- Young Kwak
- Derek Mobley preps onions for Union Gospel Mission's food service that feeds 5,000 every week. Mobley worked in the kitchen while getting clean. Now he's the boss.
At the kitchen at Union Gospel Mission, apron-clad workers scurry in and out of walk-in refrigerators. They chop vegetables. They chop meat. They roll dough into crescent shapes. Over the din of a radio, a worker asks Derek Mobley, the kitchen supervisor for Union Gospel Mission's food services, about the stock for today's soup that will feed hundreds of people.
"Turkey rice!" booms Mobley, confirming the type of soup that'll be served.
"Wonderful!" his voice echoes through the kitchen as he notices that another worker is cutting steak. "He has found steak! Alright, beef stew tonight!"
Every week, Mobley oversees the planning and preparation of 5,000 meals offered by UGM to anyone who wants one. It's an offer usually taken up by homeless people, or those who just need another meal to make it through the week.
Mobley aims to serve meals rivaling those served at the upscale eateries he once worked at, offering up fresh frittatas with bacon and a blend of cheeses, beef stroganoff, chicken parmesan velouté with cheese grits, and spaghetti and meatballs with a sauce cooked from scratch that's simmered all day.
"This ain't no soup kitchen," says Mobley, whose résumé includes stints cooking at the Davenport Hotel's Safari Room and the Spokane Country Club. "What I tell the [diners] is, I am your personal chef. You tell me exactly how you feel about the meal, you know what I'm saying? I'm here to serve. ... I'm here to cook for you guys."
That's because he almost was one of those guys. Mobley, 52, came to the UGM from Vallejo, California, seeking one more chance to kick the drug and alcohol habit he's struggled with most of his life. For Mobley, this kitchen is where he found himself and a home. But it didn't always feel that way.
Early in adulthood, he joined the Army hoping to straighten himself out. But while stationed in Germany, he discovered hashish and local beers. Back home in California, he used cocaine and continued to drink before completing a recovery program.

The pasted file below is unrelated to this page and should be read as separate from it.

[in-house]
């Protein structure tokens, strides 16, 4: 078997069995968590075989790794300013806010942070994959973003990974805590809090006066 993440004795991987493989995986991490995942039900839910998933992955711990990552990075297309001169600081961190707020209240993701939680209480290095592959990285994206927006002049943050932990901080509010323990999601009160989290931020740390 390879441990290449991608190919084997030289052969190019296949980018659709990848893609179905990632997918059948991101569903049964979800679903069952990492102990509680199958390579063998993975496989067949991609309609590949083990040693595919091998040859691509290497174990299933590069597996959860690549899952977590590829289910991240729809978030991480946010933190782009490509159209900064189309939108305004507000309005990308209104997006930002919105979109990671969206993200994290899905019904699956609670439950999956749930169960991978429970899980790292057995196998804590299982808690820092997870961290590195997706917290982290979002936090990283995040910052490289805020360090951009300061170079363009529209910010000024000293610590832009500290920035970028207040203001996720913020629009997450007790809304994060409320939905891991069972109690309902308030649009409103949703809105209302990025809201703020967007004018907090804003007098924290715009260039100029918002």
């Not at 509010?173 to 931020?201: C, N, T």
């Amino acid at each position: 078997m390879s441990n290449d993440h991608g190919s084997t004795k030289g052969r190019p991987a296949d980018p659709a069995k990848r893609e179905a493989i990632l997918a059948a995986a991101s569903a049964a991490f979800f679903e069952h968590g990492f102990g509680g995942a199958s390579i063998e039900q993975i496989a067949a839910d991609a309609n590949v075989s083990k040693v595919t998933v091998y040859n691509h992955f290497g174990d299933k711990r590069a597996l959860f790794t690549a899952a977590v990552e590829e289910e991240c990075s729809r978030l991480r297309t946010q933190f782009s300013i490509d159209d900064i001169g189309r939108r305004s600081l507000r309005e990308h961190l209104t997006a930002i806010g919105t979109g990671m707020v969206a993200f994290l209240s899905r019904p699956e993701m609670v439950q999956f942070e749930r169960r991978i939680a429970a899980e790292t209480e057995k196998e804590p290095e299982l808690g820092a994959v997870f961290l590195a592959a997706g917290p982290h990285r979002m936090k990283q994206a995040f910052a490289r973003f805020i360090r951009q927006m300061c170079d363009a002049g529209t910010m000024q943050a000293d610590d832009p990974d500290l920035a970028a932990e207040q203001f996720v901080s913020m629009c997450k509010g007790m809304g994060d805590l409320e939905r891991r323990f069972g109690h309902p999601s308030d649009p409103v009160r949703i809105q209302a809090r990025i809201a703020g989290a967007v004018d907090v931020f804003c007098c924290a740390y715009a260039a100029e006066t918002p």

He took a job in the oil fields near Colusa, California, where he worked 12-hour days, sometimes seven days a week. On days off, he was flush with money and surrounded by thirsty co-workers whose thoughts were far from sobriety. He got into old habits and his life unraveled. A friend and mentor recommended he make a big change and move to Spokane to enter UGM's faith-based recovery program.
"I came here and walked in and everything was white," recalls Mobley of his first impressions. "And I came from a predominantly black neighborhood, so I was like, 'Oh no, this is the wrong place.'" He called his friend who had recommended the program, saying he wanted to leave. His response: "Don't leave; God has something for your here. Christians have no color."
While in the 18-month recovery program, he rediscovered his love for cooking, something he learned from his grandmother, who taught him to remember the taste of seasonings, and he worked in the kitchen while getting clean. That led to a job at the Davenport Hotel's Safari Room and later another job at the Spokane Country Club.
"There's alcohol; there's parties," he recalls of working in restaurants while staying sober. "There's young kids that can drink and can work, and go home and come back the next day. When you go out in that world, you have to be resilient; you have to be in prayer; you have to be steadfast in who you are. I can't [go out and drink] because it turns me into the Hulk."
With continued support from UGM, he stayed sober. Two years ago, he was offered more money at the Spokane Country Club (which was facing a lawsuit that eventually would bankrupt it), but when a job supervising the UGM kitchen came up, he took it.
"It wasn't about the pay," he says. "I knew I wanted to be here and give back, and to work on my ministry of cooking and speaking about Jesus and encouraging [others]."
Dave Wall, UGM director of community engagement, says that despite his initial misgivings, Mobley fits right in. Wall says that as the boss, Mobley has a close rapport with the crew. That's because, says Wall, "He's serving the men he once was like." ♦